Lecretia’s Fight Lives On
The case brought by terminally ill New Zealand lawyer Lecretia Seales has become part of the larger worldwide right-to-die debate. A feature story in the June 27, 2015, edition of The Economist referenced Ms. Seales’s story in its thoroughgoing investigation into how the campaign to let doctors help the suffering and terminally ill to die is gathering momentum.
The magazine commissioned an Ipsos MORI poll of people across 15 countries on whether they believed doctors should be allowed to prescribe lethal medication to patients, and if so, under what circumstances. Barring Poland and Russia, majorities in the remaining 13 countries said the practice should be legalized for terminally ill adults.
The Economist story debunked some longstanding myths surrounding the debate, such as the issue potentially weakening the public confidence in the medical profession; the fear that if euthanasia is legal, patients may feel pressure to ask for it; or that assisted dying will lead to a downgrade in care. Surveys show that the public trusts doctors as much in countries with legal assisted dying as they are in those where it is not and that “there is no slippery slope towards widespread euthanasia.”
In an accompanying editorial, The Economist pulled no punches in its support. “Doctors should be allowed to help the suffering and terminally ill to die when they choose,” the editors wrote, arguing that euthanasia is really an issue about “liberty,” “autonomy,” and “human dignity.”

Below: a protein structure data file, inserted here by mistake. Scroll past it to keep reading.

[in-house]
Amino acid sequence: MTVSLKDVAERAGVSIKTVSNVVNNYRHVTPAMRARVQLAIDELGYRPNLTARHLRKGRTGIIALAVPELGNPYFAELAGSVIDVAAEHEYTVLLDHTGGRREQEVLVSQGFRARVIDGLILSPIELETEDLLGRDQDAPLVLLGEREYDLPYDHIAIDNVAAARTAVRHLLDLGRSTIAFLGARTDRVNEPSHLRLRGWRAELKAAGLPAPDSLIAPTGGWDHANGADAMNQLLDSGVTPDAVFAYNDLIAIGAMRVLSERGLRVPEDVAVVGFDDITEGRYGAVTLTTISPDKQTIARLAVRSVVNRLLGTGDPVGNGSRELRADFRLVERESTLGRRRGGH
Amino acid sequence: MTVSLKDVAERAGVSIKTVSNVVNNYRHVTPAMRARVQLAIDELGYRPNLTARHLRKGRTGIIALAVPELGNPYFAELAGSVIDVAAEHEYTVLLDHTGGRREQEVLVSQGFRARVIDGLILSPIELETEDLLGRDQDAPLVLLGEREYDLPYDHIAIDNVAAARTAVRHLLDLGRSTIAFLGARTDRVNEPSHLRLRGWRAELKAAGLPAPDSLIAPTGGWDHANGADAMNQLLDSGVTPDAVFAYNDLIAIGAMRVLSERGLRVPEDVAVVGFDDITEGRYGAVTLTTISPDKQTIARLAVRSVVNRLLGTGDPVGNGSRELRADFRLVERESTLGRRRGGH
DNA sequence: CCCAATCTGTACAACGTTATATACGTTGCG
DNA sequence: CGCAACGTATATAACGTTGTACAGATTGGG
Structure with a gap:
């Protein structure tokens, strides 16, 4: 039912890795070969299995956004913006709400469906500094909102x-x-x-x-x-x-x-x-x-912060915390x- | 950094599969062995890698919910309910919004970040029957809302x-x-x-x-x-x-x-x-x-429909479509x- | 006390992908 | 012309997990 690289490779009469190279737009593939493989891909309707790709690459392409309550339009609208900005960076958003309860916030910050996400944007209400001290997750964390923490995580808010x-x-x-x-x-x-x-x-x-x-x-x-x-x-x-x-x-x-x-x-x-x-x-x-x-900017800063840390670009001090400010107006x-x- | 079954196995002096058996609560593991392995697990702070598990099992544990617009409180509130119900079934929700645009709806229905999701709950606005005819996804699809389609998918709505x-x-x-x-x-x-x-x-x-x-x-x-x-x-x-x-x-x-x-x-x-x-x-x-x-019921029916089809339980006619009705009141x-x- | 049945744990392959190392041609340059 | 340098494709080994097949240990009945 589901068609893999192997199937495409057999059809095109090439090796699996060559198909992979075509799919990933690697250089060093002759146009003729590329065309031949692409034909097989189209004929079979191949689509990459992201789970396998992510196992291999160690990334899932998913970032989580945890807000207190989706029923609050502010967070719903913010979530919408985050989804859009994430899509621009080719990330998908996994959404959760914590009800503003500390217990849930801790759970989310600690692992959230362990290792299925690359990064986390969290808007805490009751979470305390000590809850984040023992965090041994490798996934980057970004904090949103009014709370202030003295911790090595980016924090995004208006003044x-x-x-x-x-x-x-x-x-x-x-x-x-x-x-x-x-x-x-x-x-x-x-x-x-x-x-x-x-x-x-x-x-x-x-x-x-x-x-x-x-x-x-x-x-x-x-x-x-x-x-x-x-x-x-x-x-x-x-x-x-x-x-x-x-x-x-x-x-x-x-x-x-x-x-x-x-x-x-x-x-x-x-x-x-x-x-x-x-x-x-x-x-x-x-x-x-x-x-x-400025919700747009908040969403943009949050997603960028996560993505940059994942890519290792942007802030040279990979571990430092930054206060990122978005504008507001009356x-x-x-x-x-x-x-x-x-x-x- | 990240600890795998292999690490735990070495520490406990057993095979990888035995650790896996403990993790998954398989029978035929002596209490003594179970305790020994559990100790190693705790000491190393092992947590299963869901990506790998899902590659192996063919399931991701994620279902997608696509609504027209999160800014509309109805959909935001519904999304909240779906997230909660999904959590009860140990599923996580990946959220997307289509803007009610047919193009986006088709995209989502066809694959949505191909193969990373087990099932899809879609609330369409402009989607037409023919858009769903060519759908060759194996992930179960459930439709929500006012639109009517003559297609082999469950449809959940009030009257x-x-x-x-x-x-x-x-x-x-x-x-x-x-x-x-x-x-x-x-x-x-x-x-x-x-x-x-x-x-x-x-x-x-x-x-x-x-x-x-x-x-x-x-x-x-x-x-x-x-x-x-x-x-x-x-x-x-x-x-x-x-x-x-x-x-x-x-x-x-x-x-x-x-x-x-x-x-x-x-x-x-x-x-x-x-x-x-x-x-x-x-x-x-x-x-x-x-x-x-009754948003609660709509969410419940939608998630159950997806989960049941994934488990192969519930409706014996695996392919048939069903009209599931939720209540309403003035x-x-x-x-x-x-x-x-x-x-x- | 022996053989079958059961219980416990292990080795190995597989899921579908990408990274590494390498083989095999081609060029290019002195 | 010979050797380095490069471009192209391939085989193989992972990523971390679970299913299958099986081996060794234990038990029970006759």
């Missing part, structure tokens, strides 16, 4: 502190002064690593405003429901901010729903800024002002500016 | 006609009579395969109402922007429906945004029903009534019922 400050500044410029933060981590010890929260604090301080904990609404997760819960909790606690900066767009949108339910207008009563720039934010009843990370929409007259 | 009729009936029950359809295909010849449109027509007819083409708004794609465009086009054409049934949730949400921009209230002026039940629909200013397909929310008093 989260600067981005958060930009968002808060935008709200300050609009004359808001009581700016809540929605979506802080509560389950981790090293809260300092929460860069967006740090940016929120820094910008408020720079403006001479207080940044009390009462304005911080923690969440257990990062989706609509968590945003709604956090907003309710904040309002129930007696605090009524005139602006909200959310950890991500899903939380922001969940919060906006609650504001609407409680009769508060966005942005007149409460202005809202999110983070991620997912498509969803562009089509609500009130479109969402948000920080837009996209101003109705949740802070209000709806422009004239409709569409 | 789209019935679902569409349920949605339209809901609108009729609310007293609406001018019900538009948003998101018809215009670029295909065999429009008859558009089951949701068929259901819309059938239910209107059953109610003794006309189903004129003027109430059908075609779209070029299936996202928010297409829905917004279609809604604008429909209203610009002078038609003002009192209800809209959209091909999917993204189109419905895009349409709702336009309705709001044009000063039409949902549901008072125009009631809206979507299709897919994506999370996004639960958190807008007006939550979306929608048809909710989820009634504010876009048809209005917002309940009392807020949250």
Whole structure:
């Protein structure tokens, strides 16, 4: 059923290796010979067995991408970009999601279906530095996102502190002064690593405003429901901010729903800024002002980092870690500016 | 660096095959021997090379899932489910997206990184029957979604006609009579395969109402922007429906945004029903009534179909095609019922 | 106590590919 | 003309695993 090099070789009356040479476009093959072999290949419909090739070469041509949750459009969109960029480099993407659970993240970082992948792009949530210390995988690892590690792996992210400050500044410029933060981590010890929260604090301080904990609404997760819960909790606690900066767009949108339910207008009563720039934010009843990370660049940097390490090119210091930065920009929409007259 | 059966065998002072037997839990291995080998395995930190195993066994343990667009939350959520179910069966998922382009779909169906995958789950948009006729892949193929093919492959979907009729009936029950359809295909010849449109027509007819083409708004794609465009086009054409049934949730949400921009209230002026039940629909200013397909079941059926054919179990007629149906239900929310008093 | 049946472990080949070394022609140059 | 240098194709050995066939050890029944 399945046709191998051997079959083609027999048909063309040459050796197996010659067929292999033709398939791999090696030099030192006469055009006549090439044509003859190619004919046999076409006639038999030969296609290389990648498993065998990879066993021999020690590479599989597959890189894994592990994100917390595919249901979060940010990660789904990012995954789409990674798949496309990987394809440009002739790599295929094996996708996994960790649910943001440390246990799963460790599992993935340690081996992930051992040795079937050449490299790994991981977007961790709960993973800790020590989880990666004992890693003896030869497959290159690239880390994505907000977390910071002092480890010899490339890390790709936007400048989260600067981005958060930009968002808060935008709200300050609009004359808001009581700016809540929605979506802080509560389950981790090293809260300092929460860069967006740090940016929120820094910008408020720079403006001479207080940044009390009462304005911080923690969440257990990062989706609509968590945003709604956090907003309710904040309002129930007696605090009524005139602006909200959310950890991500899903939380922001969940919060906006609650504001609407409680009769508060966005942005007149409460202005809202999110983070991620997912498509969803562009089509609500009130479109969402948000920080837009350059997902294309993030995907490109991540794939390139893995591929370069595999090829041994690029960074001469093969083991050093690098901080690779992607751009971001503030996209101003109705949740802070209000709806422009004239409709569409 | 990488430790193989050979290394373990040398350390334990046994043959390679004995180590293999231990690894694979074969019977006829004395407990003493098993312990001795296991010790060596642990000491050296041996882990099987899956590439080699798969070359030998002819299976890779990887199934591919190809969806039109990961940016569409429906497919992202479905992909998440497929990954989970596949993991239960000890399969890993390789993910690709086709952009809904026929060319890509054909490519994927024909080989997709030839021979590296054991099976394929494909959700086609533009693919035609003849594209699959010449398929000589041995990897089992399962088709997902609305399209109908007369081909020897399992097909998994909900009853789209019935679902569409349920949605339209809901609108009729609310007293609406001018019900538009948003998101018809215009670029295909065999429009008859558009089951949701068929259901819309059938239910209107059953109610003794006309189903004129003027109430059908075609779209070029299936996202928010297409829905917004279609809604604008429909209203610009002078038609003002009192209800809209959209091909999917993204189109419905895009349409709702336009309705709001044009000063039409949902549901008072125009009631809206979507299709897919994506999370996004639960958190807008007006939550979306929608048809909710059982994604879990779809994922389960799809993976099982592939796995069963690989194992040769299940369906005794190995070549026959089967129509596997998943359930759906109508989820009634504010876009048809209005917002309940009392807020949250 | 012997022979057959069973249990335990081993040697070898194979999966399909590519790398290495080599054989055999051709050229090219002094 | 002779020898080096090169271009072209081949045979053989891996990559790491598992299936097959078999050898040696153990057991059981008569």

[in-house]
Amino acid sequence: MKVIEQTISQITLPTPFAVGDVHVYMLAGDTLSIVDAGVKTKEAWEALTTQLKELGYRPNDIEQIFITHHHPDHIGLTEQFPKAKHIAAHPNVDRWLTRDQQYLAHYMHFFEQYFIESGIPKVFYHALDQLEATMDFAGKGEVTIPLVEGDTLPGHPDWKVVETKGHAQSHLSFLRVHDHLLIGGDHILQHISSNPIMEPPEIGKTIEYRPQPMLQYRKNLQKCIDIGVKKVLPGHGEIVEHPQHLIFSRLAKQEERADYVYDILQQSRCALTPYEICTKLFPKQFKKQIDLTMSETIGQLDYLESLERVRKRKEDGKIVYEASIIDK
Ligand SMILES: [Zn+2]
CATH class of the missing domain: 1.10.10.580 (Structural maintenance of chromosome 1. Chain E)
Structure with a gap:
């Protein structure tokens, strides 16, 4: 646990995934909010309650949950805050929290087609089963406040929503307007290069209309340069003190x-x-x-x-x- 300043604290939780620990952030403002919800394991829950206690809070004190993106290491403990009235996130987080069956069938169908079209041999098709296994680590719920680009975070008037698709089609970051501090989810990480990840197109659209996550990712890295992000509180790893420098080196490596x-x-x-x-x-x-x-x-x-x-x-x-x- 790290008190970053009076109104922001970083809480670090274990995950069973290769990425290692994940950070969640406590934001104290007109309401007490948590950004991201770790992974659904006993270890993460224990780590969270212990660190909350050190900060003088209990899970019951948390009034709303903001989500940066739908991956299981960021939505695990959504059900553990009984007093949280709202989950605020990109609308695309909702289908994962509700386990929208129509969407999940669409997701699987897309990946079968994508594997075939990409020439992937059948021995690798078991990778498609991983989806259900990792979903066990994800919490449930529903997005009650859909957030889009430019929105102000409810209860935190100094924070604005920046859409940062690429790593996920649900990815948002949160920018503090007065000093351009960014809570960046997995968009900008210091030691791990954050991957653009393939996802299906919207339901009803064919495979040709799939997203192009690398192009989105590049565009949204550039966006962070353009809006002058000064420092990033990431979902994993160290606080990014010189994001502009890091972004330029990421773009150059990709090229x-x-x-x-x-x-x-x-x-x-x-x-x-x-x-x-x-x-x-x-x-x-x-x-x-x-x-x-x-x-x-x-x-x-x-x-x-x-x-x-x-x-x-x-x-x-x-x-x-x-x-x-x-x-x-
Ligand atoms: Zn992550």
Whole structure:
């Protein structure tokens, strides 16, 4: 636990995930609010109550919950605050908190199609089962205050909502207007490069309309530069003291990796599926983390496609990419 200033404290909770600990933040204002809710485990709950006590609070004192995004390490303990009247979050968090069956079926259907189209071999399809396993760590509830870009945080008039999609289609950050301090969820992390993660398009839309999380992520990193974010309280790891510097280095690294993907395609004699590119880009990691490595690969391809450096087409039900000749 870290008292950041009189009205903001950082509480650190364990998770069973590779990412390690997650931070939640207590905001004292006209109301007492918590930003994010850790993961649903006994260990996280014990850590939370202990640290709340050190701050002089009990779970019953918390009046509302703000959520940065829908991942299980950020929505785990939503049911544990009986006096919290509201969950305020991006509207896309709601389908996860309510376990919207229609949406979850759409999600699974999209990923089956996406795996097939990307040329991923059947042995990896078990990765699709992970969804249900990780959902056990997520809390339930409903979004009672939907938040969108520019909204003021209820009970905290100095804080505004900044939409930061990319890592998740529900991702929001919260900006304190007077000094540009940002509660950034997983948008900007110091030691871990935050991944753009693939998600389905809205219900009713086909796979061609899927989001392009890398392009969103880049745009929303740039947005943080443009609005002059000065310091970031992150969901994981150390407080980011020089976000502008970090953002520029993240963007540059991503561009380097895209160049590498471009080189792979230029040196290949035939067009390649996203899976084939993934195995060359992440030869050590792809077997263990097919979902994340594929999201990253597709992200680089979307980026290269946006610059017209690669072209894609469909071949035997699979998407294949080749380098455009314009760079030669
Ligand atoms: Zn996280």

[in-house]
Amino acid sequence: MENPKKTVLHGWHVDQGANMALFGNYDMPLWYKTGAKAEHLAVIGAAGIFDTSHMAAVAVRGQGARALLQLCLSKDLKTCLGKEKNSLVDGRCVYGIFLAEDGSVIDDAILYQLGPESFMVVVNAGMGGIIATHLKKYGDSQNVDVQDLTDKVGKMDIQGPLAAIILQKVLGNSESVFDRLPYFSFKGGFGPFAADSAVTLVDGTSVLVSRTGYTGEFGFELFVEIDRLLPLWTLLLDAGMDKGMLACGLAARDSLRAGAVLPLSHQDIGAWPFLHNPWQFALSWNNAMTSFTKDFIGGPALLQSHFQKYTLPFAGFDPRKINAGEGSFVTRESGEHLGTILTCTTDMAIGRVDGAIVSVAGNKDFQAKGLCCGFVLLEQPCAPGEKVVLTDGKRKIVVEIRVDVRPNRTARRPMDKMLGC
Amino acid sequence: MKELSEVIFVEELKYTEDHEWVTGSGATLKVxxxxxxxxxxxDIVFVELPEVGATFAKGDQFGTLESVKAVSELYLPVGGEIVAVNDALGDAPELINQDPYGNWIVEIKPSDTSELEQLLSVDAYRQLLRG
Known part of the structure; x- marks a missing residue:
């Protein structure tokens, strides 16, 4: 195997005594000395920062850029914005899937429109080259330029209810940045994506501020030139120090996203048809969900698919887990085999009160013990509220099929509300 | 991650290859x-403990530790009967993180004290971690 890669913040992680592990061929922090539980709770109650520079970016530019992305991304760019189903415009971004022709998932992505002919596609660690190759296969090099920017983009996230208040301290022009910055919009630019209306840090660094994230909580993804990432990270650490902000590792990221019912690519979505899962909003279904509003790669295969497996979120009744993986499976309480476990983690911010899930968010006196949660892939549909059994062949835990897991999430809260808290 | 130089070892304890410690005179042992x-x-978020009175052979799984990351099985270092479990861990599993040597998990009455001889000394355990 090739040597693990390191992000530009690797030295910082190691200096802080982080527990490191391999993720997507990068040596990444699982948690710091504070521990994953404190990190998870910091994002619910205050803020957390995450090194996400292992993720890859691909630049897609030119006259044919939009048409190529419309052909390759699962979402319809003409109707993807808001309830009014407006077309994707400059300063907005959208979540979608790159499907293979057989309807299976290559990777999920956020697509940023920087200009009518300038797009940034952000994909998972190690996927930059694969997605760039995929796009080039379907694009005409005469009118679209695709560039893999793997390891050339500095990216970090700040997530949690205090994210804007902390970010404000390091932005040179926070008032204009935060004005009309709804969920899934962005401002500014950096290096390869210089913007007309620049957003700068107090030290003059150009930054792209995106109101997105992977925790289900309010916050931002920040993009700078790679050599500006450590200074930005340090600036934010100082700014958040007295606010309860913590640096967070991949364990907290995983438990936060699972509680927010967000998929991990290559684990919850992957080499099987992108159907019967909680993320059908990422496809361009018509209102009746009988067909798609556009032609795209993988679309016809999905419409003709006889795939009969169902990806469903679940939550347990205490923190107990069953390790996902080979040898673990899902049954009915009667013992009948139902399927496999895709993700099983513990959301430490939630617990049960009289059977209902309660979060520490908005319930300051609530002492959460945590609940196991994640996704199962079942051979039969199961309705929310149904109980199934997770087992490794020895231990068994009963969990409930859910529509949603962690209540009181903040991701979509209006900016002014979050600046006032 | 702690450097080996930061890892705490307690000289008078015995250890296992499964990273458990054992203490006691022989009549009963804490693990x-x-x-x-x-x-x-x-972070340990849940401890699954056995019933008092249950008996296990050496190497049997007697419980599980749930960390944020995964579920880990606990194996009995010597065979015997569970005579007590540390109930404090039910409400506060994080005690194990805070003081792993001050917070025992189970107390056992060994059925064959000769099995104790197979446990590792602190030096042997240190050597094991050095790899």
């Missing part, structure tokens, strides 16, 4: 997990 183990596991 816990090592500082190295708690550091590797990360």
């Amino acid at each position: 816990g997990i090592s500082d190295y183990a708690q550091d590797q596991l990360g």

Ms. Seales died of brain cancer in June at age 42 just hours after New Zealand’s High Court refused her bid to allow doctor-assisted euthanasia, ruling that only the country’s parliament could change the law. Ms. Seales had an inoperable brain tumor at the time of her death and was paralyzed and unable to speak.
“Seales did not get the choice she sought,” Rebecca Macfie wrote in an obituary for the New Zealand Listener. “But from her momentous High Court action, she has bequeathed to New Zealand a wide body of evidence that does much to defeat the myths about assisted dying and provides a solid foundation for reasoned debate.”
Ms. Seales’s family and husband, Matt Vickers, continues her important work around this sensitive yet rigorous debate and the opportunity it holds for New Zealand to continue to lead as a progressive culture.
Image source: Lucretia’s Choice